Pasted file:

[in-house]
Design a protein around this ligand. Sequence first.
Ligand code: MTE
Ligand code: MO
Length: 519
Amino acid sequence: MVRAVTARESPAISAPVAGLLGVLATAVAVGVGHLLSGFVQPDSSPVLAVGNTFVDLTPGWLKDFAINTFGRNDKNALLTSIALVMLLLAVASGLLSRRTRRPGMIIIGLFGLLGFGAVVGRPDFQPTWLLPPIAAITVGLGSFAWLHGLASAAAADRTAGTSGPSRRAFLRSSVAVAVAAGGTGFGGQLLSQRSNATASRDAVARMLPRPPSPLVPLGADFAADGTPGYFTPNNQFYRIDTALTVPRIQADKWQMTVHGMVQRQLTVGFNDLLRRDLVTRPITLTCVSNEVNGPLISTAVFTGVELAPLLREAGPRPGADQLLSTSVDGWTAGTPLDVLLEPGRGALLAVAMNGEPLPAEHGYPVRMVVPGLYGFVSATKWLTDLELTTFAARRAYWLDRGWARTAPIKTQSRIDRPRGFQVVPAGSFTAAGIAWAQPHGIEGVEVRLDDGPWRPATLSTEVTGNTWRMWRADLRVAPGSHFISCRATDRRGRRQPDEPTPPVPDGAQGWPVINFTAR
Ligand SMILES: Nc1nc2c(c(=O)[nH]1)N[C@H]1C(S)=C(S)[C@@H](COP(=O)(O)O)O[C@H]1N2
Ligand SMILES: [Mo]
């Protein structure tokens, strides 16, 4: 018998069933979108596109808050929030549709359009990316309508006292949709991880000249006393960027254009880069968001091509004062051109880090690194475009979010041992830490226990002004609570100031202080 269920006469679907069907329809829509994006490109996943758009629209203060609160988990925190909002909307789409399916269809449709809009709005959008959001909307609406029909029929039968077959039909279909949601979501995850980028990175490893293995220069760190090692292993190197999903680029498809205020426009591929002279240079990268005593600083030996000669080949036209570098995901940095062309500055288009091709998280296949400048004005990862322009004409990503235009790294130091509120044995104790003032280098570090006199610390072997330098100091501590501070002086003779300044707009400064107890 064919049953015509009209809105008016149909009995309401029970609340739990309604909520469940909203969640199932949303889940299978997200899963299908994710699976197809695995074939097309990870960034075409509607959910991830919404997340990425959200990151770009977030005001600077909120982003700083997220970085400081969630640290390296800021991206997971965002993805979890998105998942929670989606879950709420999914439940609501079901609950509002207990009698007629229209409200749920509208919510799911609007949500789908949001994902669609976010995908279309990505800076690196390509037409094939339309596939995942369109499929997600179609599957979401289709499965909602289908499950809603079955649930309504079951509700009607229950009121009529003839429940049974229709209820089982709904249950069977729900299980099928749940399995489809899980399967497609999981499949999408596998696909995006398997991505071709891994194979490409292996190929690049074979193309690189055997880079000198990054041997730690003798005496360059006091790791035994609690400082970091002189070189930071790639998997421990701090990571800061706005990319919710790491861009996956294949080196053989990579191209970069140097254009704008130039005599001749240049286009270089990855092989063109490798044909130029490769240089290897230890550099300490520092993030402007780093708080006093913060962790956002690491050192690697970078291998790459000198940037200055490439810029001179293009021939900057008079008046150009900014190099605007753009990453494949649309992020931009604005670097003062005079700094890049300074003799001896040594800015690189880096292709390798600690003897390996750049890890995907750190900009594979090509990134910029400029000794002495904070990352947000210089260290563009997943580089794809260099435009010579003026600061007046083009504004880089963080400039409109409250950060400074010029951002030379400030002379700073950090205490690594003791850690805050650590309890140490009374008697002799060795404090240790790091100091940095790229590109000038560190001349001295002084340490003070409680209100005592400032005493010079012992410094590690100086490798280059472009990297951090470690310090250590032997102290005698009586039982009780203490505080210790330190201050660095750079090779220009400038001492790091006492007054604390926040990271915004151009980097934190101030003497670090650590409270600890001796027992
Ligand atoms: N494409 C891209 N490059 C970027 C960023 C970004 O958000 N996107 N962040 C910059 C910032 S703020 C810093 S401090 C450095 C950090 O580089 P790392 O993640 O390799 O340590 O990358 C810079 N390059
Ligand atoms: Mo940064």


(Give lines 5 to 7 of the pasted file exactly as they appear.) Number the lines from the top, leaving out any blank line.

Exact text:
Length: 519
Amino acid sequence: MVRAVTARESPAISAPVAGLLGVLATAVAVGVGHLLSGFVQPDSSPVLAVGNTFVDLTPGWLKDFAINTFGRNDKNALLTSIALVMLLLAVASGLLSRRTRRPGMIIIGLFGLLGFGAVVGRPDFQPTWLLPPIAAITVGLGSFAWLHGLASAAAADRTAGTSGPSRRAFLRSSVAVAVAAGGTGFGGQLLSQRSNATASRDAVARMLPRPPSPLVPLGADFAADGTPGYFTPNNQFYRIDTALTVPRIQADKWQMTVHGMVQRQLTVGFNDLLRRDLVTRPITLTCVSNEVNGPLISTAVFTGVELAPLLREAGPRPGADQLLSTSVDGWTAGTPLDVLLEPGRGALLAVAMNGEPLPAEHGYPVRMVVPGLYGFVSATKWLTDLELTTFAARRAYWLDRGWARTAPIKTQSRIDRPRGFQVVPAGSFTAAGIAWAQPHGIEGVEVRLDDGPWRPATLSTEVTGNTWRMWRADLRVAPGSHFISCRATDRRGRRQPDEPTPPVPDGAQGWPVINFTAR
Ligand SMILES: Nc1nc2c(c(=O)[nH]1)N[C@H]1C(S)=C(S)[C@@H](COP(=O)(O)O)O[C@H]1N2